Waterville Valley is in good hands if enthusiasm, dedication, and experience count, and well on its way to becoming once again a dominant player on the region's snow sports scene.
"We're starting to rebuild the business, re-establish a culture here in the company among the staff that translates to the guests," Bob Fries told OnTheSnow the other day.
Fries was brought in as president when the Sununu family bought Waterville Valley from Booth Creek Resorts in October. Fries was vice-president and general manager of Waterville during the Tom Corcoran ownership years. He left Waterville Valley in 1992, and managed resorts from Breckenridge, Colo., to Stratton, Vt., including a stint at The Olympic Authority in Lake Placid.
Fries has been called an M.D. -- for " Mountain Doctor" -- brought in to fix ailing resorts. He laughs at the idea, but there is much truth in it.
Waterville remains viable, but has lost market share over the past few years, and Fries said his goal and that of the new owners is to restore the resort's position in the New England market, to develop a sound long-term master plan, and to get back into running world-class ski events on a regular basis.
"This place was run from California, the owners were Booth Creek, and they hadn't been here in some time. It was actually a couple of years since management had been here. The way you run a place from a distance is you set down rules and people follow the rules, but it loses the personal touch and personalization because staff are limited in maneuverability.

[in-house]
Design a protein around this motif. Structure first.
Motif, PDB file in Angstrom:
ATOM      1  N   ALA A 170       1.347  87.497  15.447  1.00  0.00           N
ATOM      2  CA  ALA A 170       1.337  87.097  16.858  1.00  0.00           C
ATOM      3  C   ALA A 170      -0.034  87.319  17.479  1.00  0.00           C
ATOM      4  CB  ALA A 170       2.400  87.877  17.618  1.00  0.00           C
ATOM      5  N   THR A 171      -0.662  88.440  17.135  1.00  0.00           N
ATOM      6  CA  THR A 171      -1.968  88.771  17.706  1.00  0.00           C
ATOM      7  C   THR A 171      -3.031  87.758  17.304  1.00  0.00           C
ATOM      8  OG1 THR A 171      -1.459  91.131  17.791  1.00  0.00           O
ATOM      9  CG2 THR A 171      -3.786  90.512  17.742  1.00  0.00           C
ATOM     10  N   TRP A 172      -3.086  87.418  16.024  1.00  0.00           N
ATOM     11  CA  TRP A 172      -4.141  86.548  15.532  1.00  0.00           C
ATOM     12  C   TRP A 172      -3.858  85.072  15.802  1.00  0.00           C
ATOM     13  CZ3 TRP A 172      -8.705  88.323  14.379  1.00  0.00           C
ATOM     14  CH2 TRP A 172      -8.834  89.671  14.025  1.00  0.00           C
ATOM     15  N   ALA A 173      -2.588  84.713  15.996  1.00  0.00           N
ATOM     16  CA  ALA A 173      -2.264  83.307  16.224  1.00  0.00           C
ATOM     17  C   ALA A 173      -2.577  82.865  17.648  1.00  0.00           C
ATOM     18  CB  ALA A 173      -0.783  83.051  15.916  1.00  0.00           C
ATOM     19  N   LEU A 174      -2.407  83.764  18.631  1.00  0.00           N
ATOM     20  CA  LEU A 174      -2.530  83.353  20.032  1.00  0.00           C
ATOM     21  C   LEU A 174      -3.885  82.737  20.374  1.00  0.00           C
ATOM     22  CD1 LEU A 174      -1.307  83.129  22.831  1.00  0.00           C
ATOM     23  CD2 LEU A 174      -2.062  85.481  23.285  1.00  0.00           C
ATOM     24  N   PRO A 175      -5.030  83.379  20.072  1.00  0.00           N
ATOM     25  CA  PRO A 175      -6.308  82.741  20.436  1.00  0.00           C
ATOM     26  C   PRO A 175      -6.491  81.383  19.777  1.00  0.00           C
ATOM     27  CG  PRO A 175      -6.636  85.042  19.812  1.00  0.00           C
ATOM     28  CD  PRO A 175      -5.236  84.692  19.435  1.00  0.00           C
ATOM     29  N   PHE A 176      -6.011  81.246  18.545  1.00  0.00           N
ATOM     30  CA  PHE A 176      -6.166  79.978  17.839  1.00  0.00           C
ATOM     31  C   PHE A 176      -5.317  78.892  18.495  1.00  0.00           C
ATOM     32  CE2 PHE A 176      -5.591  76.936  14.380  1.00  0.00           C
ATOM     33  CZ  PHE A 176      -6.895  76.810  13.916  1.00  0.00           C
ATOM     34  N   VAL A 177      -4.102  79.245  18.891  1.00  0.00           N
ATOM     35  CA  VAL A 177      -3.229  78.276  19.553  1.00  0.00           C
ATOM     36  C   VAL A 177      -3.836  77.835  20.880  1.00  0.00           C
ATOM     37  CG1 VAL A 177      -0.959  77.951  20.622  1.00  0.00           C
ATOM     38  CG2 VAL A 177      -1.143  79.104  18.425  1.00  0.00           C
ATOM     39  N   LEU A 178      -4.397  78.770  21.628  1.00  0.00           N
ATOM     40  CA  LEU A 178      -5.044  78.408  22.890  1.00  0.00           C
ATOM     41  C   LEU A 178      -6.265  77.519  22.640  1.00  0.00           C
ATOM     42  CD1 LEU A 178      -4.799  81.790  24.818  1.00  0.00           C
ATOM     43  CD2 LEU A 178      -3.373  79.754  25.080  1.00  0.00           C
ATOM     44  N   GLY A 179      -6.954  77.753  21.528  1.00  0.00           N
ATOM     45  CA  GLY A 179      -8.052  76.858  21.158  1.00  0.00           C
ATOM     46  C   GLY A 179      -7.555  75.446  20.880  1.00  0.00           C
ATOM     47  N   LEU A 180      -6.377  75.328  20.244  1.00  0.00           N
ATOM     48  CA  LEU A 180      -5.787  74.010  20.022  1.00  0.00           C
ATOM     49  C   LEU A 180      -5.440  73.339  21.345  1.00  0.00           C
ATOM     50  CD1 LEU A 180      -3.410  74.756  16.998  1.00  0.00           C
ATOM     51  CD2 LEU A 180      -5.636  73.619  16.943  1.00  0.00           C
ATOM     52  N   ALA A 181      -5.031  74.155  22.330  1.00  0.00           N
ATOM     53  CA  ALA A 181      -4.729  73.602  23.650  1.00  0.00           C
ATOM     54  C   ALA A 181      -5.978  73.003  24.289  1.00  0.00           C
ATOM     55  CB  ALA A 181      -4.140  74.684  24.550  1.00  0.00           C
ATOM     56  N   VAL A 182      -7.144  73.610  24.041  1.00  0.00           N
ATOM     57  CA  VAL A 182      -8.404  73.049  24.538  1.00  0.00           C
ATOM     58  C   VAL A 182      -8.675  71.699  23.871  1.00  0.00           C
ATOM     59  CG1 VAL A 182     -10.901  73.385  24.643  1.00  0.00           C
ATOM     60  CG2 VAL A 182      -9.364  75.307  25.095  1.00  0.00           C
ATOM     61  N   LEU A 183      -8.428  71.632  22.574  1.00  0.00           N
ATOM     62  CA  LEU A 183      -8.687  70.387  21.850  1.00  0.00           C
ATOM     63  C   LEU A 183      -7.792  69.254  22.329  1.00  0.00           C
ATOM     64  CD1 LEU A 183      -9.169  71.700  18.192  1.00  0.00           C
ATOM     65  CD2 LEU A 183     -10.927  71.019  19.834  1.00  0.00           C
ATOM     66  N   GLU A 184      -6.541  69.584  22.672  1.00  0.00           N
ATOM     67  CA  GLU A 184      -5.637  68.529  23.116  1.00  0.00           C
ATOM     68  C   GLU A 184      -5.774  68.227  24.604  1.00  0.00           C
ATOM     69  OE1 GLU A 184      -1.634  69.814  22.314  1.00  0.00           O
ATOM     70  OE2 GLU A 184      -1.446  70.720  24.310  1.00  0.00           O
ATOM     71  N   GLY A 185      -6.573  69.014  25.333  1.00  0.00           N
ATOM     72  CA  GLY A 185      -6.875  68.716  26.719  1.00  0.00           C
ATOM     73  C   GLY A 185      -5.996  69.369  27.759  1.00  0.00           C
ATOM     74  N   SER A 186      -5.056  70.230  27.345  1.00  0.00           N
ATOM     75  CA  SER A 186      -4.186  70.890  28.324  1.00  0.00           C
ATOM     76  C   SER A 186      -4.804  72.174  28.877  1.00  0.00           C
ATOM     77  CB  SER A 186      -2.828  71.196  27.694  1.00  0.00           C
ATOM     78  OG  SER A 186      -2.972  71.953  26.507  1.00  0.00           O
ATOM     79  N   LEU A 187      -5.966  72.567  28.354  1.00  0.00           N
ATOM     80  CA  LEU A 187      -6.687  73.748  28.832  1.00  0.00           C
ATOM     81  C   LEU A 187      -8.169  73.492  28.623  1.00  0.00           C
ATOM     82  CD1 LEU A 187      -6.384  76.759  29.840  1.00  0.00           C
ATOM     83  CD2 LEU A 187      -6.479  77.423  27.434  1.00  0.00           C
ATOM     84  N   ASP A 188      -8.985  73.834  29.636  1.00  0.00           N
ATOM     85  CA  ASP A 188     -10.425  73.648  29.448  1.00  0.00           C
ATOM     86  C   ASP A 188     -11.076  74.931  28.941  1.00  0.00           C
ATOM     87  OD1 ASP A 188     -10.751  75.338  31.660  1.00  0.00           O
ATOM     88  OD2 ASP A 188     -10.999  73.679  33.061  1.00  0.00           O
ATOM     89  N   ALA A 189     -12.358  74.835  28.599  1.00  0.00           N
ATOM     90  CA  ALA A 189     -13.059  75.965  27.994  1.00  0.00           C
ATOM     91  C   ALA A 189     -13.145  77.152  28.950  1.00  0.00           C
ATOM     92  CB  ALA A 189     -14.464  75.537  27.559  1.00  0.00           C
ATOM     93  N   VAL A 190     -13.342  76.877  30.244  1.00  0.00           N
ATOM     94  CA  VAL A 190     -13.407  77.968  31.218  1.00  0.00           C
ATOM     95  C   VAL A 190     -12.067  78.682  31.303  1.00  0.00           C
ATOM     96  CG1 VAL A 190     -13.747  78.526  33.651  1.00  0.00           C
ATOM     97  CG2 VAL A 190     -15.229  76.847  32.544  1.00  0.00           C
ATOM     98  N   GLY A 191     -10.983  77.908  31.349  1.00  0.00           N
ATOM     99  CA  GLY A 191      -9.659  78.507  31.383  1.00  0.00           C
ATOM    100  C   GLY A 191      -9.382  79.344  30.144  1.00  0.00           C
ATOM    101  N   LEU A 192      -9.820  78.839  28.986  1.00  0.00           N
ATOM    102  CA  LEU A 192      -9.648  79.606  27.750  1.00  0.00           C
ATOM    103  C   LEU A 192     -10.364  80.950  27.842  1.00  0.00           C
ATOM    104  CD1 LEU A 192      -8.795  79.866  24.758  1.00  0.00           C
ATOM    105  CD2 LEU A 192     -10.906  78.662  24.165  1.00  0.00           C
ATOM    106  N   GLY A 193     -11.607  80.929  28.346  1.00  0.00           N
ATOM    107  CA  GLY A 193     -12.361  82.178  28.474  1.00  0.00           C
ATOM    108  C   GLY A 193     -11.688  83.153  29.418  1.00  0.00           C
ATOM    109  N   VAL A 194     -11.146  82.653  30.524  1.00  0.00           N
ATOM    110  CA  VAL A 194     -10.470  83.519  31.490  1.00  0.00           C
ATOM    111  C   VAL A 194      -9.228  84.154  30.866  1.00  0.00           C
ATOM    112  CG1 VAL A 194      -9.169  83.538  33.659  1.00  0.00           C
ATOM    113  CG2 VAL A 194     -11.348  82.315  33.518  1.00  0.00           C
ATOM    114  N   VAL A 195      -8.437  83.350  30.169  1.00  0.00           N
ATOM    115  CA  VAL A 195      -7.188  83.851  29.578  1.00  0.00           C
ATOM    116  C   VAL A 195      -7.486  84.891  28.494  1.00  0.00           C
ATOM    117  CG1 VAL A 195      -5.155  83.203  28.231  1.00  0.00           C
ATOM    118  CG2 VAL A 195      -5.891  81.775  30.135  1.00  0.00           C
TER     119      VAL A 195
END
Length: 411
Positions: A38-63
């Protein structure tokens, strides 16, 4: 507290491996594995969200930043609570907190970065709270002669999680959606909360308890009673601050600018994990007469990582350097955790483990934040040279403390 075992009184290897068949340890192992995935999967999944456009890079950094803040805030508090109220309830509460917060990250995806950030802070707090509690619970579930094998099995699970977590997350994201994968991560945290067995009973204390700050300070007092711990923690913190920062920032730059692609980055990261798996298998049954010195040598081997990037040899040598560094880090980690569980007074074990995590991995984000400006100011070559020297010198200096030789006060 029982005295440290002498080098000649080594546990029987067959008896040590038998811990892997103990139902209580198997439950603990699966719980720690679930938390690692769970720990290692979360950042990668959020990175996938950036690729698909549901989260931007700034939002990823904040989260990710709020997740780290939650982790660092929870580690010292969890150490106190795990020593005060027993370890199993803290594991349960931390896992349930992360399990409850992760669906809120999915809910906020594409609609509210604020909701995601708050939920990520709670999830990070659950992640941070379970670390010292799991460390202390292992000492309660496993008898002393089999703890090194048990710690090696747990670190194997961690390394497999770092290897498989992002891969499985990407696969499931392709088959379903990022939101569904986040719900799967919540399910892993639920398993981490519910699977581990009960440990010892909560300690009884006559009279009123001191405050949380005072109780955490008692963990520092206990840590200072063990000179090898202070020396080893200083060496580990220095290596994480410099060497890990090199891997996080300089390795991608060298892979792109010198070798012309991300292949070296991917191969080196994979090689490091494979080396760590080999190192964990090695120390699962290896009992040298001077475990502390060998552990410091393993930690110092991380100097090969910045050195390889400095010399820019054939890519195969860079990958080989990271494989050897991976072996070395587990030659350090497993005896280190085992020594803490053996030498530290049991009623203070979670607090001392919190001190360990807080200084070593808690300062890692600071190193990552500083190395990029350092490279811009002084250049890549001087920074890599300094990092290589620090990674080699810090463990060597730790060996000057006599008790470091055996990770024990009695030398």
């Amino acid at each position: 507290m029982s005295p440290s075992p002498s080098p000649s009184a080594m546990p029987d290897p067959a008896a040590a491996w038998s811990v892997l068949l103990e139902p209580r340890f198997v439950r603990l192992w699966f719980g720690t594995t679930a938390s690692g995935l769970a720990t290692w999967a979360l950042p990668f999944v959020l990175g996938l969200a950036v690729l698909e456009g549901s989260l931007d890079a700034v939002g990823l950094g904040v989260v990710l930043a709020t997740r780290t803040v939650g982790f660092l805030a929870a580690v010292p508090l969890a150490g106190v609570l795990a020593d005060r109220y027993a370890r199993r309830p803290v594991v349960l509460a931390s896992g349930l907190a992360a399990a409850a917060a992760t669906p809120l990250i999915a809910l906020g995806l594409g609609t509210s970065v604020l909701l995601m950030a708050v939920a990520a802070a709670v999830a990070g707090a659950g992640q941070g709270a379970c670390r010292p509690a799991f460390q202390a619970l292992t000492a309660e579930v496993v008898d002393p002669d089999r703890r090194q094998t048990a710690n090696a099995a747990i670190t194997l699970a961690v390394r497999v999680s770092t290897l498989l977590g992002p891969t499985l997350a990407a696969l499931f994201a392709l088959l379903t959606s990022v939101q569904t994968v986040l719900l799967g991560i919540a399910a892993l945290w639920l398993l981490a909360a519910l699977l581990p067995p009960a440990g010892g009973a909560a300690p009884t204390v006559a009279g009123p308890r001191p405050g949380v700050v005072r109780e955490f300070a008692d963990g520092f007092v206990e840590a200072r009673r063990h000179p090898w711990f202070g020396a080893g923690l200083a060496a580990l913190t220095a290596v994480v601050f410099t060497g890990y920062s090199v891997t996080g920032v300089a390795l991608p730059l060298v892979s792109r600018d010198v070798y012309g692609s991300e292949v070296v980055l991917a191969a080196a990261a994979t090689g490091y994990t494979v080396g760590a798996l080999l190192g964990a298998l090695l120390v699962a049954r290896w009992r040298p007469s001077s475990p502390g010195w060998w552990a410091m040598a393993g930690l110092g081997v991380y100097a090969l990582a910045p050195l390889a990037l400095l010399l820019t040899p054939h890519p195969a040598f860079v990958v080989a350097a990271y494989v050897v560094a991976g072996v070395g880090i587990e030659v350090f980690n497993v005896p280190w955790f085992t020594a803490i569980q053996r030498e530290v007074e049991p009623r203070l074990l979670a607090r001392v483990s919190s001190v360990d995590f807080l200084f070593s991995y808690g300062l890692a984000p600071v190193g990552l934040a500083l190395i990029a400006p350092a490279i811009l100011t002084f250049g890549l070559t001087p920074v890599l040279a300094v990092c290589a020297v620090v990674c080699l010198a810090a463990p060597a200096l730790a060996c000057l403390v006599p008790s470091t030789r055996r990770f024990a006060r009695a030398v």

"We've got great people and we want to empower them and let them make decisions and treat the guests really well. That's taking hold, the attitude that, 'It's OK to do that; don't be afraid to make a decision; don't be afraid to solve the problem; it doesn't have to go up through channels'," Fries said.
"It's catching hold, and we're seeing the results from our season-pass holders, and our day guests. We get literally hundreds of e-mails a week, and we're getting pretty good feedback," he said.
Fries said Waterville is off to a great start, with business 15 percent ahead of last year, and revenues slightly ahead of budget.
"It's an aggressive budget, on revenues and skier numbers," he added.
"When this purchase took place and we looked at how Waterville was doing, we saw we had lost some market share over the years for a variety of reasons, and we intend to aggressively grow that back. Every year for the next four or five we have a fairly aggressive target to hit. We seem to be exceeding that goal so far this year," Fries said.
"On the expense side we're going to spend more money on customer service, on physical improvements. We're certainly concerned with the bottom line, but feel the future is in skier visits and market share," he said.
Fries said Waterville is working with the U.S. Forest Service and consultants to develop a new master plan. The last one was done in the late '90s, he said, and the Forest Service asks for one every 10 years.
"It's exciting to go through and think about what this place can look like in the future. We're looking beyond Forest Service land into the Valley itself and the private land, and thinking about what we want that to look like in 10 years," he said.
Waterville under Tom Corcoran hosted a series of Women's World Cup races, with the last one in 1991, Fries said.
His team is looking at bringing back world-class competition events to Waterville, although he said he doesn't know if World Cup racing will ever return to the East.
Time will tell.
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